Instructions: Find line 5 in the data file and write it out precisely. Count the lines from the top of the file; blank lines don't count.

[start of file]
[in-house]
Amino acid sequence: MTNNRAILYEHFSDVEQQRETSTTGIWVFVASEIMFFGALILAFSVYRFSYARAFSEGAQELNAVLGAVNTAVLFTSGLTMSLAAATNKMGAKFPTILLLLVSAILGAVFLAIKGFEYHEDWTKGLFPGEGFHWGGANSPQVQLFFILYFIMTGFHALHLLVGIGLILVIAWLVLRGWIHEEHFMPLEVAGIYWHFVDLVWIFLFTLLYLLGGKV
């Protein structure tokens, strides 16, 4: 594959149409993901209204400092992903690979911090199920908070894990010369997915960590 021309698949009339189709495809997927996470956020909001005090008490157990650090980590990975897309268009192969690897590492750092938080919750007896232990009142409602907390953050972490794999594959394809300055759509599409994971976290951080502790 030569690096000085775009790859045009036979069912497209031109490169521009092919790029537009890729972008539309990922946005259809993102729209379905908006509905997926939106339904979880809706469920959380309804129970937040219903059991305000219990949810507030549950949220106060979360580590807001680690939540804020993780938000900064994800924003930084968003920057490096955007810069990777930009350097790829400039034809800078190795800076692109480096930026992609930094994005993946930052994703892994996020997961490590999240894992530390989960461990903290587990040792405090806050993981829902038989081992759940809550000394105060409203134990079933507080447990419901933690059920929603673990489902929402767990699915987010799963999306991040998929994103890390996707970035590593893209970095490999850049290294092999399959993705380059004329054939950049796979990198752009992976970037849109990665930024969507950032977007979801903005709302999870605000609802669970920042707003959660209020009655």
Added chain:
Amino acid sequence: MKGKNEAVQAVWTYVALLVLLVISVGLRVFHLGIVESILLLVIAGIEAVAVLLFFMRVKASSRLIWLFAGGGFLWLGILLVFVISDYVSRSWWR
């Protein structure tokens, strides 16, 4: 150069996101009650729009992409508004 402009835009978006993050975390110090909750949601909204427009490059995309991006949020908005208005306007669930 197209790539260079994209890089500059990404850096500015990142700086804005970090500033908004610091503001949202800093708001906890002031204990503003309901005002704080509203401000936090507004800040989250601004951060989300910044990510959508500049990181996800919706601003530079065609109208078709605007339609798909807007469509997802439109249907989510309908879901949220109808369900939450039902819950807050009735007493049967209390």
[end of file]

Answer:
Amino acid sequence: MKGKNEAVQAVWTYVALLVLLVISVGLRVFHLGIVESILLLVIAGIEAVAVLLFFMRVKASSRLIWLFAGGGFLWLGILLVFVISDYVSRSWWR